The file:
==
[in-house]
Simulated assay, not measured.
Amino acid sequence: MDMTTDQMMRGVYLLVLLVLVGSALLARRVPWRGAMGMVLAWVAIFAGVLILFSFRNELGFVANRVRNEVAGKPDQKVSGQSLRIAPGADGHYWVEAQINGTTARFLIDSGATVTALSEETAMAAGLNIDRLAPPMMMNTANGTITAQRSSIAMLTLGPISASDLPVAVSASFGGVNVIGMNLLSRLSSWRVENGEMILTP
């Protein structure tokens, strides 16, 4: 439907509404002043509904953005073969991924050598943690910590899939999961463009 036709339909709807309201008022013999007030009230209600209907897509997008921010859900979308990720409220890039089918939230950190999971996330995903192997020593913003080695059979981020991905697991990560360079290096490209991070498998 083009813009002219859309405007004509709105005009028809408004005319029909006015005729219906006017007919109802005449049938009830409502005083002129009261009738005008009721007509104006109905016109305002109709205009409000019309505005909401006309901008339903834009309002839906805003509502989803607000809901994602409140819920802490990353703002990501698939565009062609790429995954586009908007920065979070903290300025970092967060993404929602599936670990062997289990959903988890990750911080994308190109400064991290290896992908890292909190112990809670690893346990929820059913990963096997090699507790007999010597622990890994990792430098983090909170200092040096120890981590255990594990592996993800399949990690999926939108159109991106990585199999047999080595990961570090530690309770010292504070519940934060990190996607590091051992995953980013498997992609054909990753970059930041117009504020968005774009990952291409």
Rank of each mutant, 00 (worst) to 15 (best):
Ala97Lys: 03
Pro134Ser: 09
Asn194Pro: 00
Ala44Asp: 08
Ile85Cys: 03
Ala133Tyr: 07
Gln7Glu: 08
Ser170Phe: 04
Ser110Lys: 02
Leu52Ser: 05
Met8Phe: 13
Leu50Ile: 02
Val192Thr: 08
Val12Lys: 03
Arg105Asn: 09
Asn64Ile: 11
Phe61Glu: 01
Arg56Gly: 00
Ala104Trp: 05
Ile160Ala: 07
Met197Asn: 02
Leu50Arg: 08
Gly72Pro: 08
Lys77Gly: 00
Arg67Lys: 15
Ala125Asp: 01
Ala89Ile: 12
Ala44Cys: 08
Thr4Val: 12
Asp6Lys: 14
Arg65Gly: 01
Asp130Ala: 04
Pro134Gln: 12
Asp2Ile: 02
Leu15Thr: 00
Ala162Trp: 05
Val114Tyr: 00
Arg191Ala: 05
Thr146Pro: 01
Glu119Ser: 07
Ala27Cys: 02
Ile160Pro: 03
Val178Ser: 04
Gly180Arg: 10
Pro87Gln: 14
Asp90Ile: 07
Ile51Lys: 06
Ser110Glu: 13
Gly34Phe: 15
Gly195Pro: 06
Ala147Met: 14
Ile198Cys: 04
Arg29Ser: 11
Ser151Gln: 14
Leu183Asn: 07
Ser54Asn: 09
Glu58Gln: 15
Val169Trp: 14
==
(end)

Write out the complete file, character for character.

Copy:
[in-house]
Simulated assay, not measured.
Amino acid sequence: MDMTTDQMMRGVYLLVLLVLVGSALLARRVPWRGAMGMVLAWVAIFAGVLILFSFRNELGFVANRVRNEVAGKPDQKVSGQSLRIAPGADGHYWVEAQINGTTARFLIDSGATVTALSEETAMAAGLNIDRLAPPMMMNTANGTITAQRSSIAMLTLGPISASDLPVAVSASFGGVNVIGMNLLSRLSSWRVENGEMILTP
């Protein structure tokens, strides 16, 4: 439907509404002043509904953005073969991924050598943690910590899939999961463009 036709339909709807309201008022013999007030009230209600209907897509997008921010859900979308990720409220890039089918939230950190999971996330995903192997020593913003080695059979981020991905697991990560360079290096490209991070498998 083009813009002219859309405007004509709105005009028809408004005319029909006015005729219906006017007919109802005449049938009830409502005083002129009261009738005008009721007509104006109905016109305002109709205009409000019309505005909401006309901008339903834009309002839906805003509502989803607000809901994602409140819920802490990353703002990501698939565009062609790429995954586009908007920065979070903290300025970092967060993404929602599936670990062997289990959903988890990750911080994308190109400064991290290896992908890292909190112990809670690893346990929820059913990963096997090699507790007999010597622990890994990792430098983090909170200092040096120890981590255990594990592996993800399949990690999926939108159109991106990585199999047999080595990961570090530690309770010292504070519940934060990190996607590091051992995953980013498997992609054909990753970059930041117009504020968005774009990952291409």
Rank of each mutant, 00 (worst) to 15 (best):
Ala97Lys: 03
Pro134Ser: 09
Asn194Pro: 00
Ala44Asp: 08
Ile85Cys: 03
Ala133Tyr: 07
Gln7Glu: 08
Ser170Phe: 04
Ser110Lys: 02
Leu52Ser: 05
Met8Phe: 13
Leu50Ile: 02
Val192Thr: 08
Val12Lys: 03
Arg105Asn: 09
Asn64Ile: 11
Phe61Glu: 01
Arg56Gly: 00
Ala104Trp: 05
Ile160Ala: 07
Met197Asn: 02
Leu50Arg: 08
Gly72Pro: 08
Lys77Gly: 00
Arg67Lys: 15
Ala125Asp: 01
Ala89Ile: 12
Ala44Cys: 08
Thr4Val: 12
Asp6Lys: 14
Arg65Gly: 01
Asp130Ala: 04
Pro134Gln: 12
Asp2Ile: 02
Leu15Thr: 00
Ala162Trp: 05
Val114Tyr: 00
Arg191Ala: 05
Thr146Pro: 01
Glu119Ser: 07
Ala27Cys: 02
Ile160Pro: 03
Val178Ser: 04
Gly180Arg: 10
Pro87Gln: 14
Asp90Ile: 07
Ile51Lys: 06
Ser110Glu: 13
Gly34Phe: 15
Gly195Pro: 06
Ala147Met: 14
Ile198Cys: 04
Arg29Ser: 11
Ser151Gln: 14
Leu183Asn: 07
Ser54Asn: 09
Glu58Gln: 15
Val169Trp: 14